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He is considering withdrawing his pledge to donate 52 works to the reconstructed Barberini Museum in Potsdam.

According to the German press, Plattner is concerned that private collectors and museums will no longer be free to sell individual works and - if the new laws are adopted - will consider moving his art out of Germany to the US.

Plattner's intervention comes after heavyweight Contemporary artists, including Gerhard Richter and Georg Baselitz, threatened to withdraw their loaned artworks from German museums.

The granddaughter of the great German Expressionist Max Beckmann has also said she may remove works on loan to museums from her family, fearing their 'detainment' in Germany.


Many auctioneers, dealers, trade bodies, galleries, collectors and artists are opposing the law change which "will severely restrict trade in Germany, which will inevitably have a detrimental effect on prices across the entire market". They are encouraging their customers to sign a petition opposing the controversial amendments to the German Cultural Property and Heritage Protection Law.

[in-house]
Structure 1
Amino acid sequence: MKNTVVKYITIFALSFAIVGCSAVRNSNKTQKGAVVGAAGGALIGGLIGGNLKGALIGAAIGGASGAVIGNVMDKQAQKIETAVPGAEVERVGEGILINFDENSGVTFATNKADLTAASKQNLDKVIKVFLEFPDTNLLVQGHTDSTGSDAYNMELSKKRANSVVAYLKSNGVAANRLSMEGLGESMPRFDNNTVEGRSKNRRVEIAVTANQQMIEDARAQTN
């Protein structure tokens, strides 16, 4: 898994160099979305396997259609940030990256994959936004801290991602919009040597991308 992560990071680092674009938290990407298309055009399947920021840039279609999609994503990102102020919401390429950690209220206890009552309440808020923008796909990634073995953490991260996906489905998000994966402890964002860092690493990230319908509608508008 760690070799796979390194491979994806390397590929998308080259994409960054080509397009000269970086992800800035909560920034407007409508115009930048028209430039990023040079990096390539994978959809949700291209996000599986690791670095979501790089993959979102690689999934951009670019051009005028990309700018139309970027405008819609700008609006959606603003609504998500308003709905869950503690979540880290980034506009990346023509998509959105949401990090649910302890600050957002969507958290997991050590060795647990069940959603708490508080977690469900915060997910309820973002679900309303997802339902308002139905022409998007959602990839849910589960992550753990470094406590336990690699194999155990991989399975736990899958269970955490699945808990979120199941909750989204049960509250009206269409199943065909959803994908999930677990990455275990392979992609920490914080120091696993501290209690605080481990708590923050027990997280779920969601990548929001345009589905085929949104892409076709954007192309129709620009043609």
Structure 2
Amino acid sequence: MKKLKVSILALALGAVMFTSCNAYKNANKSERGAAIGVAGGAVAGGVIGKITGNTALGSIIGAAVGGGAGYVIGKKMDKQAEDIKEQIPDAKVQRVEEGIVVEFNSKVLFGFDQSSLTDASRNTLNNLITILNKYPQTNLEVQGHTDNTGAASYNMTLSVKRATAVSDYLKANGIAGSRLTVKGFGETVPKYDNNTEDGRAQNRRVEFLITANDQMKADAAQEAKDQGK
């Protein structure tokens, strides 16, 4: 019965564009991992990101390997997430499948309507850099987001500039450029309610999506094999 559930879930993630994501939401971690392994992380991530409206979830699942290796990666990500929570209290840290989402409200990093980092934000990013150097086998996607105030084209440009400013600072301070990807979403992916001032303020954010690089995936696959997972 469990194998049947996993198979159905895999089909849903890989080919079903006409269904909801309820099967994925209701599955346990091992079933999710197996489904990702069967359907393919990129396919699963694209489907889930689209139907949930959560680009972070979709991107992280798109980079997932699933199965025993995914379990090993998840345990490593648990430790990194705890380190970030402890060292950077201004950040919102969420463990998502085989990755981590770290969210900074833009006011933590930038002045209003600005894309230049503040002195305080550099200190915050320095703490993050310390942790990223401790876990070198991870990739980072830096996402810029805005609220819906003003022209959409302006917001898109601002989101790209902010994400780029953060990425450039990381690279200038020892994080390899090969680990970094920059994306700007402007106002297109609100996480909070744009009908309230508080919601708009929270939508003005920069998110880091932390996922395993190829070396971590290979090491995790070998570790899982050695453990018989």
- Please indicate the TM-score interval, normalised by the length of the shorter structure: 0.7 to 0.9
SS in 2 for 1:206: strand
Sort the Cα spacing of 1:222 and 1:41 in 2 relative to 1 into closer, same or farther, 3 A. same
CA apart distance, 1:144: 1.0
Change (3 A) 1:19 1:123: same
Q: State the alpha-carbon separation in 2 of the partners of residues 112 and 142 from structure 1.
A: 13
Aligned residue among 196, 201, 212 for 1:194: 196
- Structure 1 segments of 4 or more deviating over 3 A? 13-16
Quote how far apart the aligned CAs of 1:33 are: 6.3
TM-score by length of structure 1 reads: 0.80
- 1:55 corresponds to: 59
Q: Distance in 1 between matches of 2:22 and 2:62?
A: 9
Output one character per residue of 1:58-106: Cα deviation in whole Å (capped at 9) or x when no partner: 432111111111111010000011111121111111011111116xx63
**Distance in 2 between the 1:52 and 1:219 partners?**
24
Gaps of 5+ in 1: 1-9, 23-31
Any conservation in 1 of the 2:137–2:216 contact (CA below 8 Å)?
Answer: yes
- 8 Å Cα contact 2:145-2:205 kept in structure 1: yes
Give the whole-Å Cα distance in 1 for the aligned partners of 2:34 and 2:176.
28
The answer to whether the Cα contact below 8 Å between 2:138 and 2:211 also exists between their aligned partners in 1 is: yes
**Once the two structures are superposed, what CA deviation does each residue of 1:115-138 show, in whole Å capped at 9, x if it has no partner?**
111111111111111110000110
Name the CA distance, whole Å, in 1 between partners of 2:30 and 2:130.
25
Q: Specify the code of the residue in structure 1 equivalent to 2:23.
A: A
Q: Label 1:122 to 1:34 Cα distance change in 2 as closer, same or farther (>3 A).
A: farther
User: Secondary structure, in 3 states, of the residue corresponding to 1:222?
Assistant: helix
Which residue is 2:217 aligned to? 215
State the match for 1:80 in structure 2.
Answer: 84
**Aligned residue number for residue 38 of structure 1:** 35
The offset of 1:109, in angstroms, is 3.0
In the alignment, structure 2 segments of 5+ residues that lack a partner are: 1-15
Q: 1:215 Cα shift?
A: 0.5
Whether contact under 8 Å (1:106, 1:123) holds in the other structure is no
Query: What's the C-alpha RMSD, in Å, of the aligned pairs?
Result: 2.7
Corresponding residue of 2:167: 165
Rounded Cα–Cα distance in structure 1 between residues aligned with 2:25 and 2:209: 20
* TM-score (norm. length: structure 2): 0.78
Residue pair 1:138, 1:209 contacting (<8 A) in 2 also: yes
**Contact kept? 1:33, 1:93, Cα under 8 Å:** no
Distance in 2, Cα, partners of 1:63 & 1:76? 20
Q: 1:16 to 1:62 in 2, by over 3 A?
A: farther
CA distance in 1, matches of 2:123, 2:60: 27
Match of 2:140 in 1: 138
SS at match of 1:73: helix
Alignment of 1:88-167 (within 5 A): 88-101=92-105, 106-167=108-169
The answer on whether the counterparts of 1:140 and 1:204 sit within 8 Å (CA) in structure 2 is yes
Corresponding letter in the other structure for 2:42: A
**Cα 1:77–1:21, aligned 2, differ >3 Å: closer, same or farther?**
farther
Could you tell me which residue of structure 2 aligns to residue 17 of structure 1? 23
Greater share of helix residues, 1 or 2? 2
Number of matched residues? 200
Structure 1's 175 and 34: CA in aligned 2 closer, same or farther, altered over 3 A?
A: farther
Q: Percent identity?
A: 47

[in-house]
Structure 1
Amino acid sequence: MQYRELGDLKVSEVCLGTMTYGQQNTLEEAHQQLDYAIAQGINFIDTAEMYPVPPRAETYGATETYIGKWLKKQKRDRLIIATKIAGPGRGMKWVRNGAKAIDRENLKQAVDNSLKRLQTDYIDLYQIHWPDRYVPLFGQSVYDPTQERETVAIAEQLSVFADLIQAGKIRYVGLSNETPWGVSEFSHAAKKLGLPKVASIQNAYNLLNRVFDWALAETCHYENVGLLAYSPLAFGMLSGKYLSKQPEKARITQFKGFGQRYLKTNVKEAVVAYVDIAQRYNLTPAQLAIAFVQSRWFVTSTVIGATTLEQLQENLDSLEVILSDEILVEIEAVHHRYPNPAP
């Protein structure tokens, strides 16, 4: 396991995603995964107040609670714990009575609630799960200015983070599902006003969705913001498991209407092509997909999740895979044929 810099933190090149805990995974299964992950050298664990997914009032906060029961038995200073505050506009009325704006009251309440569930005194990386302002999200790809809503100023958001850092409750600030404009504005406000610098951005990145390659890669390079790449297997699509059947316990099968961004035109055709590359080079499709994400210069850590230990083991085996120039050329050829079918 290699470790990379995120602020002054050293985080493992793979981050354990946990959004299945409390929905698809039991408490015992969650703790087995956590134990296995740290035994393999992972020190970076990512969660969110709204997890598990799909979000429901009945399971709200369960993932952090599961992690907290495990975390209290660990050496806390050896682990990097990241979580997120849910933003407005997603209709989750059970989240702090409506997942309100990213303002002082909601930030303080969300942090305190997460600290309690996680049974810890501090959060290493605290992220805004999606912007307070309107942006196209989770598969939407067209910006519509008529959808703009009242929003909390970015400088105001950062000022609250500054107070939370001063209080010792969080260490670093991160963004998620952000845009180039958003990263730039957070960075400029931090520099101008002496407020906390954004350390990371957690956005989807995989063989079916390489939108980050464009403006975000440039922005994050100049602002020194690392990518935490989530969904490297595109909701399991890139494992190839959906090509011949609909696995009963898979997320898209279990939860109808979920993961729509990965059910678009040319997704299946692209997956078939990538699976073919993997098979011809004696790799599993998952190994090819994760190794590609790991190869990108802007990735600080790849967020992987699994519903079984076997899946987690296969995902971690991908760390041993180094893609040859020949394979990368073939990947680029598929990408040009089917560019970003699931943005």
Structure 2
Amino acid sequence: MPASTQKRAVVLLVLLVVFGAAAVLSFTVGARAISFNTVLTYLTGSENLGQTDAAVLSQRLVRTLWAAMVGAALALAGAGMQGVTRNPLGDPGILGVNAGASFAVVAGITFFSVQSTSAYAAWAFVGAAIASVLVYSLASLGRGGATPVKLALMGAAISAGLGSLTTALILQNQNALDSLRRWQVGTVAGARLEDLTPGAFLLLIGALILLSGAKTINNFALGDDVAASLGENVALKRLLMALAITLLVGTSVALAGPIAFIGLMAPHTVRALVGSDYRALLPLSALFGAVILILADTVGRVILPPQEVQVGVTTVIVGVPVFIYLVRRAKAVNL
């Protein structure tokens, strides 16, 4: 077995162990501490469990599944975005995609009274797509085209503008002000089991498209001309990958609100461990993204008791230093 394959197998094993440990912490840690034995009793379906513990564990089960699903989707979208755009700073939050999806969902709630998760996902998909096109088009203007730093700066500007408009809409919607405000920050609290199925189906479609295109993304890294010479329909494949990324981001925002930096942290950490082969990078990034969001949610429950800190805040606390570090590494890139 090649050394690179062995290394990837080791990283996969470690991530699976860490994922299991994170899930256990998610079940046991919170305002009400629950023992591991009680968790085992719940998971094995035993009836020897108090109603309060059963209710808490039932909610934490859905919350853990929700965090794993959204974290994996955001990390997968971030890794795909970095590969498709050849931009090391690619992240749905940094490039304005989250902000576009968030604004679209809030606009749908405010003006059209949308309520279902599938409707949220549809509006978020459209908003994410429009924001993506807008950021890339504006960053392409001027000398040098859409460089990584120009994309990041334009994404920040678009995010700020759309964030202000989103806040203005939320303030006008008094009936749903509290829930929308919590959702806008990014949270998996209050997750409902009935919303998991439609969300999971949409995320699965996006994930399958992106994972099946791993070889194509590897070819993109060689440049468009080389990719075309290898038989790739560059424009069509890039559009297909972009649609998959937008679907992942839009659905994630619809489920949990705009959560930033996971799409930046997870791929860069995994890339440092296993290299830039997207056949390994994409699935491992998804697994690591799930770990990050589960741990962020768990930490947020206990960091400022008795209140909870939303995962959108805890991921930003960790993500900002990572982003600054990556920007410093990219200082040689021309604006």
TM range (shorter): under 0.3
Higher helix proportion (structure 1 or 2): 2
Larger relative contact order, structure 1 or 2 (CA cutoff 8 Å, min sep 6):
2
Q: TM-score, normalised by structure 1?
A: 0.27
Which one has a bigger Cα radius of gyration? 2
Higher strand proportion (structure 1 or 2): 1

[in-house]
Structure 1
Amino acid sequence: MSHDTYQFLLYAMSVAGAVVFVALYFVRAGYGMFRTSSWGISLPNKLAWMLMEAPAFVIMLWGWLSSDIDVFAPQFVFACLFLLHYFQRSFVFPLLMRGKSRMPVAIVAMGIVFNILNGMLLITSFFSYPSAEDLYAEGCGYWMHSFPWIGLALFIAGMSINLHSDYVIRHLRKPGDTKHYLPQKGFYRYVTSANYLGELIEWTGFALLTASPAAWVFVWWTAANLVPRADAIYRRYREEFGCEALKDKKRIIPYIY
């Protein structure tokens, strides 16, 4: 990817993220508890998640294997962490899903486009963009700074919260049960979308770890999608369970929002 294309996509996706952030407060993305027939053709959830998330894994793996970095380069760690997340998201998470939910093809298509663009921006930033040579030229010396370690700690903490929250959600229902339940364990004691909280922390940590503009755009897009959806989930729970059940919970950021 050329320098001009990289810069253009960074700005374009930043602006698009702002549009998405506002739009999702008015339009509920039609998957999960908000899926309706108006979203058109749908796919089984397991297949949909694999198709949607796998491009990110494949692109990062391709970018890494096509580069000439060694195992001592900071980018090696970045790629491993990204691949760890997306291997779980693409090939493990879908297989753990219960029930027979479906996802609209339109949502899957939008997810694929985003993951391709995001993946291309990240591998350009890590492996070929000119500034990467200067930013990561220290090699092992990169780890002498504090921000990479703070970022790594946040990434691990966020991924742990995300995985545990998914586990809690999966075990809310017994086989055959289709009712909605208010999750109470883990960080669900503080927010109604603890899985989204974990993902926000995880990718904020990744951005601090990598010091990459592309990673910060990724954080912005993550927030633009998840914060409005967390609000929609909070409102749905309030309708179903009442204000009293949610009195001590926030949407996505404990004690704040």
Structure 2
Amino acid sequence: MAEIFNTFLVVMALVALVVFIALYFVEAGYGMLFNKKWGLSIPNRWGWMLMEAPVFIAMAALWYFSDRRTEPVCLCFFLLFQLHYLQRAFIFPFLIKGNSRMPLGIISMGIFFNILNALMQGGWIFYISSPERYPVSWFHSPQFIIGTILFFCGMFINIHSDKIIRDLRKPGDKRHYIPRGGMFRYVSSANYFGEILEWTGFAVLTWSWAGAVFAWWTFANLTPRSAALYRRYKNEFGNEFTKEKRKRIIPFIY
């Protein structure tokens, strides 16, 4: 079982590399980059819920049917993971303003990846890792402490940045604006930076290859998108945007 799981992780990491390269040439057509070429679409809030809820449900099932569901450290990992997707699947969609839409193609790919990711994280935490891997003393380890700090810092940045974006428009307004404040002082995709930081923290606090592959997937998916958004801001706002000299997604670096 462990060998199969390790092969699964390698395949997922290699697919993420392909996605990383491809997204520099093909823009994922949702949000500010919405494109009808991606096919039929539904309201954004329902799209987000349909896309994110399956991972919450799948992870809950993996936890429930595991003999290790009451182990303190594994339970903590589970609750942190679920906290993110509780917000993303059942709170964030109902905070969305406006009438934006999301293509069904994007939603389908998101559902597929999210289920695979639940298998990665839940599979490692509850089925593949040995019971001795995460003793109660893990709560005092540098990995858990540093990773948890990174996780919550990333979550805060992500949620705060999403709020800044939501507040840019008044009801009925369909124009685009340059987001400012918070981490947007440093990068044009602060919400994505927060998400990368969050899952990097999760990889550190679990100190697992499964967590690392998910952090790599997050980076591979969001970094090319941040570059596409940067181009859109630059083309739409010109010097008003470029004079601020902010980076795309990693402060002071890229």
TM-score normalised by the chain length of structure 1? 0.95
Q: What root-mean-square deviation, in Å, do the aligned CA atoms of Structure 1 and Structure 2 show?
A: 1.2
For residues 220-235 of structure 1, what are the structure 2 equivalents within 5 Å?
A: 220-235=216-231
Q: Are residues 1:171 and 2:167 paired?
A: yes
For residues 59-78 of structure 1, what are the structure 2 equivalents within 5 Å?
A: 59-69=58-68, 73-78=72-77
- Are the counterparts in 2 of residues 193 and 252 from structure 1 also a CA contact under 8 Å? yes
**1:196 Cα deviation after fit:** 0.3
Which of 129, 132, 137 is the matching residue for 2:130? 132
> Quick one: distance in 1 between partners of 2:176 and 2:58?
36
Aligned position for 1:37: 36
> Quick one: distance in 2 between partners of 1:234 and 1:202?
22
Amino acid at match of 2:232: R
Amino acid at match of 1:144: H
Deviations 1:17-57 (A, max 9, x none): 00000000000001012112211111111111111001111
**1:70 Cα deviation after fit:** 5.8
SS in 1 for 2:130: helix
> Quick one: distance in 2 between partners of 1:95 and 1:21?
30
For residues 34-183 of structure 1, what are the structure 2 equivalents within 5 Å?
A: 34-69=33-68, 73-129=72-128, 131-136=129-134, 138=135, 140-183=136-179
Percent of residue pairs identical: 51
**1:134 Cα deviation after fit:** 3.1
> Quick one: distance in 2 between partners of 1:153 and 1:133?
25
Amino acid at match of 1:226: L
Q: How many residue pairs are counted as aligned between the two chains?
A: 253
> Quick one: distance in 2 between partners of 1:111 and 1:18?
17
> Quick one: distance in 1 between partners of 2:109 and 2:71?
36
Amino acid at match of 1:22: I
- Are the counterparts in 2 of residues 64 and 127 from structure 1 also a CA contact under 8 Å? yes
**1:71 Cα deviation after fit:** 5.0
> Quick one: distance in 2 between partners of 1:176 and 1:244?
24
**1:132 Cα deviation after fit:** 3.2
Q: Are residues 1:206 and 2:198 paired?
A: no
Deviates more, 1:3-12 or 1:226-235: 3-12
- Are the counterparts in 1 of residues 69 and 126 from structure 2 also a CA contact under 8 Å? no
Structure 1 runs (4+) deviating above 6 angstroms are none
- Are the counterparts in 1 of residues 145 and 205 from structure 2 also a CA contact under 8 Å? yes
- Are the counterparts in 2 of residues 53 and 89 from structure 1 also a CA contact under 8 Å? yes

The proposed changes to the law were put forward by German minister of culture Monika Grütters in July.

The headline element of the proposals is that all cultural objects valued at €300,000 or more and older than 70 years will require an export licence if they are sold to a foreign buyer.

However, the draft law also asks, in the case of a legal dispute, that the owners of 'cultural goods' with a value of at least €2500 provide proof of the item's provenance for the previous 20 years. In the case of any item classed as 'of archaeological value', the value is €100.

The protesters believe this due diligence clause - and the bureaucracy it will create - is an unrealistic demand which will severely damage the legitimate market.